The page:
I love that most of the contestants were non-white. It gets a little dull watching white folks cooking the same French-inspired stuff all the time. Latin American/Mexican and Asian cuisines are my jam, so I would have been quite happy to judge all of the goodies presented by Shota, Maria, Gabe, Jamie, Byron, and Avishar. Dawn was my favorite contestant though. She must have made some fabulous food if she could survive leaving stuff off plates on multiple occasions!
.
.
.
.
.
Spoiler Space
.
.
.
.
.
.
.
.
I even thought Dawn could pull off a win all the way into the finale's Chef's' Table, but after listening to the judges deliberate, I realized that Gabe was the winner. Deservedly so, as his food shone all season long. But have you read about the controversy surrounding his firing from restaurant Comedor? Apparently he was in a "consensual sexual relationship" with a female staffer--in other words, fucking around on his wife--pre-Top Chef, and cut the woman's hours once he returned. Allegedly for a "decline in her performance." We can assume this means on the job, but maybe she just didn't want to sleep with him anymore? That sort of toxic male behavior should no longer be acceptable in the culinary industry. I'd love to see that big check taken out of Gabe's hands and put into Dawn's. Or Shota's. 

Is anyone watching Top Chef Amateurs? I'll be tuning in. 

* Any products in this post that are mentioned by name may have been provided to Minxeats by the manufacturer. However, all opinions belong to Minxeats. Amazon links earn me $! Please buy!

Posted on Minxeats.com.

Monday, June 28, 2021

Pancho's (Sponsored Post)

Who doesn't appreciate some cheesy goodness now and again? I'm not just talking a slice of cheese on a sandwich or sprinkled on a taco. I mean real, ooey gooey, sexy cheese, draped over everything from a tortilla chip to a stuffed pepper.

I'm talking queso. Specifically Pancho's cheese dip.

There are only two Pancho's restaurants (in West Memphis, AK, and Memphis, TN) but their famed cheese dip is available in 1200 locations across the country, including Giant Food Stores in Baltimore, and the Weis Market on Goucher Blvd in Towson. (Check their store locator--https://panchosdip.com/store-locator--for info.) People have called this stuff the Best Dip on the Planet; it even has a fan club. I can see why. It's not too thick, not too spicy, and it tastes fresh. As I was putting these dishes together, I was literally scooping the cheese out of the tub with my fingers and eating it.

But then, I do like me some cheese.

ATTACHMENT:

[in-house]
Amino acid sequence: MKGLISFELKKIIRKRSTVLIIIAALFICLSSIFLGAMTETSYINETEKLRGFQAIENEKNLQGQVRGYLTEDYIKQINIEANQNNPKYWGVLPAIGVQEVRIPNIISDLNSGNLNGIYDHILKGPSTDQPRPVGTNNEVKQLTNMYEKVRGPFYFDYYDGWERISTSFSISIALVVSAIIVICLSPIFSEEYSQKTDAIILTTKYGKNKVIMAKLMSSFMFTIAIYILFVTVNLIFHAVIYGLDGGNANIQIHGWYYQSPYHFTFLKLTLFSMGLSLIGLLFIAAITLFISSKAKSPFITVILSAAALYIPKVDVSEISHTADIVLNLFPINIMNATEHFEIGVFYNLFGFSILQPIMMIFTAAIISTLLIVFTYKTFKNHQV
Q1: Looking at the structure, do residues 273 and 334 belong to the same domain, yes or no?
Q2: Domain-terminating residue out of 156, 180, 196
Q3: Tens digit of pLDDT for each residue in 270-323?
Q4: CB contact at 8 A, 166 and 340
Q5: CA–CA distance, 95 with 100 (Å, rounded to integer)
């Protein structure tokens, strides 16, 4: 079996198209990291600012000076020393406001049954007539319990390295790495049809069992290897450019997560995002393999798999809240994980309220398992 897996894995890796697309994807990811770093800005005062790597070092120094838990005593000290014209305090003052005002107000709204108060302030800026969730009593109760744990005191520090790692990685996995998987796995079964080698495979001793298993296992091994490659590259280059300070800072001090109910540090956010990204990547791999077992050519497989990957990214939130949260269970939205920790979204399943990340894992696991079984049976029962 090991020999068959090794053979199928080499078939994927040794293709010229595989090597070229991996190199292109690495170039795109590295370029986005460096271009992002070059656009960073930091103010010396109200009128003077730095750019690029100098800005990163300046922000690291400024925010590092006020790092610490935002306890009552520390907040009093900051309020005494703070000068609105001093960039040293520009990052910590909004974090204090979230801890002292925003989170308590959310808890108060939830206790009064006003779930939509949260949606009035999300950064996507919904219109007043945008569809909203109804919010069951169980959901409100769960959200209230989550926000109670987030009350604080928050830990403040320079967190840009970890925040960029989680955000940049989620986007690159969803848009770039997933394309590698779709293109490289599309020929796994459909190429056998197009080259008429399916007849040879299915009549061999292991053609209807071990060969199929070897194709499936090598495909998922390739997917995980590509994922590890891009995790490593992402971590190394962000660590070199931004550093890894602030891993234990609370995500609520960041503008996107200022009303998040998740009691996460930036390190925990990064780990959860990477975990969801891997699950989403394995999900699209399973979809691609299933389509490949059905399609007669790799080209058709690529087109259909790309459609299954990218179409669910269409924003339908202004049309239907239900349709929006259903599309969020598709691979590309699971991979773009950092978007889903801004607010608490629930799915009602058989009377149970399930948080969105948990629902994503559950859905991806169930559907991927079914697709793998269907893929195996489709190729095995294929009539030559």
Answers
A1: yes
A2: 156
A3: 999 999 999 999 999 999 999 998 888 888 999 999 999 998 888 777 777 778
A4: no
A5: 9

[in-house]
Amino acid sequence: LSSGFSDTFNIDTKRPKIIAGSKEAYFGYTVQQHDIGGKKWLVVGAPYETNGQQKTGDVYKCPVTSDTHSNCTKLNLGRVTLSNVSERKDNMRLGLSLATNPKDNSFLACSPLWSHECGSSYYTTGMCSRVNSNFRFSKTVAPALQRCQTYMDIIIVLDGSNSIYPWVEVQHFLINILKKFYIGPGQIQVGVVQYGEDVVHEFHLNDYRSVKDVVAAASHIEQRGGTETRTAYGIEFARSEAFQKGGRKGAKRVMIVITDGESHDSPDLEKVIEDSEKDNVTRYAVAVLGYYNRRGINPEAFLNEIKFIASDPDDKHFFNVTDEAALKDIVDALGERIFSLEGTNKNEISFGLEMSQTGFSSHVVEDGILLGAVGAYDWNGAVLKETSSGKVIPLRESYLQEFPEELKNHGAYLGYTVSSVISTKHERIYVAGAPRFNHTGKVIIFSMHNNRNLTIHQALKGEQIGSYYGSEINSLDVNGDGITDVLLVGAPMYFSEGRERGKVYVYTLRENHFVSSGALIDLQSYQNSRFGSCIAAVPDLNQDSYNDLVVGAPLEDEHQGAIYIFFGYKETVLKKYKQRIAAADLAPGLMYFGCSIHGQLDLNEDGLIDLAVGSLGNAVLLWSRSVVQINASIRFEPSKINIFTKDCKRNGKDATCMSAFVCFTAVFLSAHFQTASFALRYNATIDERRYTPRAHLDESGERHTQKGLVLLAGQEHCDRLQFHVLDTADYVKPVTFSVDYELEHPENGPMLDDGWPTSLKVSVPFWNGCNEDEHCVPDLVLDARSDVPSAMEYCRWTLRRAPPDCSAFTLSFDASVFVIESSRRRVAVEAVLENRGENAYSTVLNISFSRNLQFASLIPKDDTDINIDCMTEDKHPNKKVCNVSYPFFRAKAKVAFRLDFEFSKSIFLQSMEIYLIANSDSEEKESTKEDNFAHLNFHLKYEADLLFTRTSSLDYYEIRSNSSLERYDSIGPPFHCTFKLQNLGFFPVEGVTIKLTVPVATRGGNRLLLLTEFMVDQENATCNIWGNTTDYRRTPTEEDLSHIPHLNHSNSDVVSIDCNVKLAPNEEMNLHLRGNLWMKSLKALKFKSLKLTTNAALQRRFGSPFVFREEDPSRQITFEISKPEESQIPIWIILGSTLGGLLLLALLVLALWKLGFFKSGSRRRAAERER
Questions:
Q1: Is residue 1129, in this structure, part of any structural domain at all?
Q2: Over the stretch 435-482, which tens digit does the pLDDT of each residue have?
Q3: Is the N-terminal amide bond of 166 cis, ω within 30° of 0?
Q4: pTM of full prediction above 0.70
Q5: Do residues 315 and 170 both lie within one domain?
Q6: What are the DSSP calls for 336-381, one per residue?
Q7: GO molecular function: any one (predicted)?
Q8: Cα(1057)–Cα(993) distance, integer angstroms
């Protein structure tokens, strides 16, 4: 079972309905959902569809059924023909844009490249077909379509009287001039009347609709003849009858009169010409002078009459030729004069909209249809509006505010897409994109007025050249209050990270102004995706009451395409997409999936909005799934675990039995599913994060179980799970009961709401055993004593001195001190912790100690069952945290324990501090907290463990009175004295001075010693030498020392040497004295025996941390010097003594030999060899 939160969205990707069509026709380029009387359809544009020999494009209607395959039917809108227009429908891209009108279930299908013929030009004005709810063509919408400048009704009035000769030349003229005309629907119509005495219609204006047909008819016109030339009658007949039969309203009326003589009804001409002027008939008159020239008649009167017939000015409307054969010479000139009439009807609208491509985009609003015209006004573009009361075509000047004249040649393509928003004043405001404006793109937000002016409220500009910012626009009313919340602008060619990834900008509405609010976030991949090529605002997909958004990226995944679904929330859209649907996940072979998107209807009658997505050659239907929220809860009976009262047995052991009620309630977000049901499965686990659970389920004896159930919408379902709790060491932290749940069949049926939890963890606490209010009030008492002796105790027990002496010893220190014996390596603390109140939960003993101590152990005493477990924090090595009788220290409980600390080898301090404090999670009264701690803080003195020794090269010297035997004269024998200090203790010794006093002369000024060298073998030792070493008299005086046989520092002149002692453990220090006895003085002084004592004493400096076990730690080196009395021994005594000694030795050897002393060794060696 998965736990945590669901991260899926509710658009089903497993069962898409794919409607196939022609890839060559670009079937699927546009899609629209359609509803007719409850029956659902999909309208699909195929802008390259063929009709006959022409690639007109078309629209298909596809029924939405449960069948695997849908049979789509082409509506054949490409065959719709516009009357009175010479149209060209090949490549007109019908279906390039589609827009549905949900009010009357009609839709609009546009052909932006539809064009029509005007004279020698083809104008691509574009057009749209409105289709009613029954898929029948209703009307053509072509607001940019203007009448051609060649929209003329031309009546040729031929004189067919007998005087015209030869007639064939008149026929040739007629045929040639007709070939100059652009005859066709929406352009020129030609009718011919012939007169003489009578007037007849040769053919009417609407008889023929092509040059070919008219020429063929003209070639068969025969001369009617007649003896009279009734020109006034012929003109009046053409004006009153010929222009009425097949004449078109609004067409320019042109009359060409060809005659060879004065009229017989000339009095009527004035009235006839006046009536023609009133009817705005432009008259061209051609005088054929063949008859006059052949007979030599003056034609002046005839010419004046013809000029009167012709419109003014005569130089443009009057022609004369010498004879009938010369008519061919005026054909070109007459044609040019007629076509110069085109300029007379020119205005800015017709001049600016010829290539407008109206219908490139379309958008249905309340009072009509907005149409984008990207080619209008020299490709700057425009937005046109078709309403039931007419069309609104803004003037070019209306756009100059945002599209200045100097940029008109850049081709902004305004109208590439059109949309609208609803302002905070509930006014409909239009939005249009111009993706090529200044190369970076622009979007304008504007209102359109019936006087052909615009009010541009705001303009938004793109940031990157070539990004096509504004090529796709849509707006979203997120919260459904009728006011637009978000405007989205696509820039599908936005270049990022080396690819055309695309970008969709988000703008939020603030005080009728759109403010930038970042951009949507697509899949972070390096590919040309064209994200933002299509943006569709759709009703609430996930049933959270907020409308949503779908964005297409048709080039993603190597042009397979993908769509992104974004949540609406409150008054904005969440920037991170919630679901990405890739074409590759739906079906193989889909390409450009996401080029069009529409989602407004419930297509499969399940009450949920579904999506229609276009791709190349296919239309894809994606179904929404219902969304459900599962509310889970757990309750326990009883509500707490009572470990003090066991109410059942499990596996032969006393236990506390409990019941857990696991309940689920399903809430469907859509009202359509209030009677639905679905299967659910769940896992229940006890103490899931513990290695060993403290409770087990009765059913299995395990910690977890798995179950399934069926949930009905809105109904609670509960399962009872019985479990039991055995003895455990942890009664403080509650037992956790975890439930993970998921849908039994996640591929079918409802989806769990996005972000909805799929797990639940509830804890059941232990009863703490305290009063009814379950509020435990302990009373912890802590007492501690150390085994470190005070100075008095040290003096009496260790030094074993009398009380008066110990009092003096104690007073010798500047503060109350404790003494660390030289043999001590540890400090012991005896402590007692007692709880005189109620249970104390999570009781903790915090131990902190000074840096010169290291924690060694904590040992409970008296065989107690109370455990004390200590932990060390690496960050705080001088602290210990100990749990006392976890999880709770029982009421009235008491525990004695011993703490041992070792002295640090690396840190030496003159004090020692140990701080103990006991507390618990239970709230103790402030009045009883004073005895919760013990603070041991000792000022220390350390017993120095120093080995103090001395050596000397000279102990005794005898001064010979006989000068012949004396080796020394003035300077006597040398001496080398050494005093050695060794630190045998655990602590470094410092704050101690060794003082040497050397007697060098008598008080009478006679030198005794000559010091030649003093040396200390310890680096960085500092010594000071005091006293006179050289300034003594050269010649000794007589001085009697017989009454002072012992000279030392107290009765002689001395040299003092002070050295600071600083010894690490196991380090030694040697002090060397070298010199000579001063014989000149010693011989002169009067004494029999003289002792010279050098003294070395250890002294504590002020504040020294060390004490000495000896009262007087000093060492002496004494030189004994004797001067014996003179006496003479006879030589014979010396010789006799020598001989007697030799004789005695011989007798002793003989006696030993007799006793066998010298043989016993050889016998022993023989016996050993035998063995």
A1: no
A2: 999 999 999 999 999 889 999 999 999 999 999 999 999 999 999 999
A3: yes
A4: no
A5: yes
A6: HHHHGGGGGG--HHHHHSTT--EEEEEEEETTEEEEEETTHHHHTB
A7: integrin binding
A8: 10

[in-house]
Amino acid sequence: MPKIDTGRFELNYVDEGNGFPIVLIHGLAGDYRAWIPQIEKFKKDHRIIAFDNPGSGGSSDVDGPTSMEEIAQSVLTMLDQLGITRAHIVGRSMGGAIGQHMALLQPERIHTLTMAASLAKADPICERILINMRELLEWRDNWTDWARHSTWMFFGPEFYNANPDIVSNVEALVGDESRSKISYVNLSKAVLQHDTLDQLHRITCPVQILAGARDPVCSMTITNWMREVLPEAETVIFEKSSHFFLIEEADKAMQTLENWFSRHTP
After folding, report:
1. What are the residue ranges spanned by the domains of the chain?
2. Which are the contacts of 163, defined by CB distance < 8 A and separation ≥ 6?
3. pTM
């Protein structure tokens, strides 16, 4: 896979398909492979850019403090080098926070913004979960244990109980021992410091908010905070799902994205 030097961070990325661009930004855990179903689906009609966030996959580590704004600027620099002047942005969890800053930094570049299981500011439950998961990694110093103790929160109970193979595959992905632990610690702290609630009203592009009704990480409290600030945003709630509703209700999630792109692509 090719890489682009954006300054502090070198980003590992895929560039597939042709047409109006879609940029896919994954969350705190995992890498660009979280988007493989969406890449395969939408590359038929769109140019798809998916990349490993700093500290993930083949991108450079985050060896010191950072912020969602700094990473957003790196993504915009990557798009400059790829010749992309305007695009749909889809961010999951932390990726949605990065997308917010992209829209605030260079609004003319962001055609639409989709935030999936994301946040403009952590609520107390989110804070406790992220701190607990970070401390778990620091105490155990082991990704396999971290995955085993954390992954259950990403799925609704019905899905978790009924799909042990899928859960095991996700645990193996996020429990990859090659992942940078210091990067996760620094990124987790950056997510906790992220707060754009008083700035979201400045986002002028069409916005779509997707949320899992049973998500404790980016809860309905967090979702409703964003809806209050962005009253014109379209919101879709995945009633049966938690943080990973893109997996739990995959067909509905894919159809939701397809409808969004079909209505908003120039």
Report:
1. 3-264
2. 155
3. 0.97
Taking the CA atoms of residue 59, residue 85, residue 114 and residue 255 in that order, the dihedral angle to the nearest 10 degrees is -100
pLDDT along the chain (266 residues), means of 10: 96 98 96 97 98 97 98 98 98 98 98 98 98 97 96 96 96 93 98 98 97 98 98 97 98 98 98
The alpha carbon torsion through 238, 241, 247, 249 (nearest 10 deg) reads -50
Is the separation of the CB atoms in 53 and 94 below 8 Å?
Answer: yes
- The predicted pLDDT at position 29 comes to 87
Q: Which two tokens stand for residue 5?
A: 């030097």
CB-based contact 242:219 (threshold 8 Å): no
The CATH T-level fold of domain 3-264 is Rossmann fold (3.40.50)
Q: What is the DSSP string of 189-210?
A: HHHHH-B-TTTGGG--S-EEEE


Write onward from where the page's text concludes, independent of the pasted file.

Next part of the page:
I crumbled some freshly fried Mexican chorizo on some Pancho's to make a super easy and delicious choriqueso dip. And I thought it made a brilliant topping for some Mexican-style stuffed bell peppers.


Papas con Chorizo-stuffed Bell Peppers with Pancho's Cheese Dip

2 fist-sized red potatoes, peeled and cut into 1/2" cubes
Salt
1/2 lb Mexican chorizo
2 cloves garlic, minced
2 red bell peppers, cut in half from top to bottom, seeds removed
Your favorite salsa
Pancho's Cheese Dip
Minced green onions or chives

Put the potatoes in a saucepan and cover with cold water seasoned with a generous pinch of salt. Bring to a boil. Turn heat to a simmer and cook until the potatoes are tender, about 7 minutes. Drain and set aside.

Put the chorizo in a saute pan set over medium-high heat. Breaking the chorizo up with a wooden spoon, cook the sausage until it's crumbled and browned. Add the minced garlic, turn the heat to medium, and cook for another couple of minutes. Remove the meat and garlic from the skillet, leaving the fat. If there doesn't seem to be much fat in the pan, add a teaspoon or two of olive oil. Add the potatoes to the skillet and cook over medium-high heat until the potatoes start to brown. Return the chorizo to the pan and season with salt and pepper to taste. Remove from the heat and set aside.

Preheat oven to 350F. Fill each bell pepper half with a heaping amount of the chorizo and potato mixture and place them in a baking pan--ideally an 8" glass pan. Cover with foil and bake for 15 minutes. Remove the foil and bake for an additional 15 minutes, or until the peppers are tender. NOTE: If it's too hot to put the oven on for this long, as it is in my house right now, you can microwave the peppers for 10 minutes on a covered plate to make them tender. Then they'll only need about 15 minutes in the oven. 

Put a puddle of salsa on each of four plates. Top with a pepper half. Generously drizzle Pancho's Cheese Dip over the peppers, and garnish with the onions or chives.

Serves 4.


Posted on Minxeats.com.

* Any products in this post that are mentioned by name may have been provided to Minxeats by the manufacturer. However, all opinions belong to Minxeats. Amazon links earn me $! Please buy!

Friday, June 25, 2021

Flashback Friday - Scallops with Lavender Honey Brown Butter

flashback friday graphic
This post originally appeared on Minxeats.com on November 21, 2012.

Scallop dishes at restaurants don't seem quite as astronomically priced these days as back then, but they're still not cheap.
-----------------------------------------

Remember when I complained last month that scallops are the restaurant world's biggest rip-off? Here's some proof. I paid $15.95 per pound for U-10 drypack scallops at the local Giant. U-10 means there are fewer than ten scallops per pound - these three babies weighed .37 lb. ("Drypack" means they were packed and shipped on ice without the use of preservatives. They sear quite nicely and don't leach a lot of moisture into the pan.)

I seared the scallops in a bit of olive oil, removed them from the pan, and turned off the heat. To the still hot pan, I added a tablespoon of butter, a tablespoon of honey, about a teaspoon of dried, food-grade, lavender buds, and a teaspoon of chopped preserved lemon. The honey caramelized almost instantly, creating a rich, lightly sweet sauce for the scallops, which were also garnished with a sprinkle of green onion and a few more lavender buds.

Had I ordered this in a restaurant, it would have cost $35. Cost me around $6 to make at home. And they were damn fine.

Posted on Minxeats.com.